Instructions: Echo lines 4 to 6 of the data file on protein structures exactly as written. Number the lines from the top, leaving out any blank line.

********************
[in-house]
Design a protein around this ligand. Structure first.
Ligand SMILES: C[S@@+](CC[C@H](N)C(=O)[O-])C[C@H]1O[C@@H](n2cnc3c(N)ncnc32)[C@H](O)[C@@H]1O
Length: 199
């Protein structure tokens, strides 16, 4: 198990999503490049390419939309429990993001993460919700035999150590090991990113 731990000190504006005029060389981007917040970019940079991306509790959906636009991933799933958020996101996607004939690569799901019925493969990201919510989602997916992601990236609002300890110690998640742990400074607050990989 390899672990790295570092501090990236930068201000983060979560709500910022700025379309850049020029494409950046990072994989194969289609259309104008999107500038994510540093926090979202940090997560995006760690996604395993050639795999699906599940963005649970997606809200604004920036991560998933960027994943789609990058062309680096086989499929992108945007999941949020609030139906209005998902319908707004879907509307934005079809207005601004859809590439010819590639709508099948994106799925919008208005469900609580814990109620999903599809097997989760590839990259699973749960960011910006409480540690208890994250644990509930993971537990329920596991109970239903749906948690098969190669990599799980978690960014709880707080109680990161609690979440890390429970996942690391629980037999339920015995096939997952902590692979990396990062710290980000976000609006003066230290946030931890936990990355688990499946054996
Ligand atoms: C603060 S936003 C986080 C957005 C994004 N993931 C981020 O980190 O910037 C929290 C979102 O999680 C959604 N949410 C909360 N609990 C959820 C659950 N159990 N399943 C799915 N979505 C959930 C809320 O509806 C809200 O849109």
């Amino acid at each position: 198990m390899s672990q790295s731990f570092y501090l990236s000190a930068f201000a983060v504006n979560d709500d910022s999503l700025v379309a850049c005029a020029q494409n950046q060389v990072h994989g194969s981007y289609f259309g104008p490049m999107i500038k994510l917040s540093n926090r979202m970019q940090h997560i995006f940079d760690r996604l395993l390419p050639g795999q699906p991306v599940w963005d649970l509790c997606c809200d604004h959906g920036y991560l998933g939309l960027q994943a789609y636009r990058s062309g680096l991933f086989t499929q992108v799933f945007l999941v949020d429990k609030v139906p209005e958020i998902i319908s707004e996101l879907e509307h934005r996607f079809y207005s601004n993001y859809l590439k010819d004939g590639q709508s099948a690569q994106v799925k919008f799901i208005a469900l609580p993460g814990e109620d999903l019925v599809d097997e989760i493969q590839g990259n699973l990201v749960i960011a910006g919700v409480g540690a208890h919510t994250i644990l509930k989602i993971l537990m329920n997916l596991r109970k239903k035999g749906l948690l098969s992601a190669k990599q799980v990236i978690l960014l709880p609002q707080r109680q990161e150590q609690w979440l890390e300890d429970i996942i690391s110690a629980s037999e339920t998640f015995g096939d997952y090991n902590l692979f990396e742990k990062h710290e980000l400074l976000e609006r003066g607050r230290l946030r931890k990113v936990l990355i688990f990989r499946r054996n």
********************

Length: 199
């Protein structure tokens, strides 16, 4: 198990999503490049390419939309429990993001993460919700035999150590090991990113 731990000190504006005029060389981007917040970019940079991306509790959906636009991933799933958020996101996607004939690569799901019925493969990201919510989602997916992601990236609002300890110690998640742990400074607050990989 390899672990790295570092501090990236930068201000983060979560709500910022700025379309850049020029494409950046990072994989194969289609259309104008999107500038994510540093926090979202940090997560995006760690996604395993050639795999699906599940963005649970997606809200604004920036991560998933960027994943789609990058062309680096086989499929992108945007999941949020609030139906209005998902319908707004879907509307934005079809207005601004859809590439010819590639709508099948994106799925919008208005469900609580814990109620999903599809097997989760590839990259699973749960960011910006409480540690208890994250644990509930993971537990329920596991109970239903749906948690098969190669990599799980978690960014709880707080109680990161609690979440890390429970996942690391629980037999339920015995096939997952902590692979990396990062710290980000976000609006003066230290946030931890936990990355688990499946054996
Ligand atoms: C603060 S936003 C986080 C957005 C994004 N993931 C981020 O980190 O910037 C929290 C979102 O999680 C959604 N949410 C909360 N609990 C959820 C659950 N159990 N399943 C799915 N979505 C959930 C809320 O509806 C809200 O849109």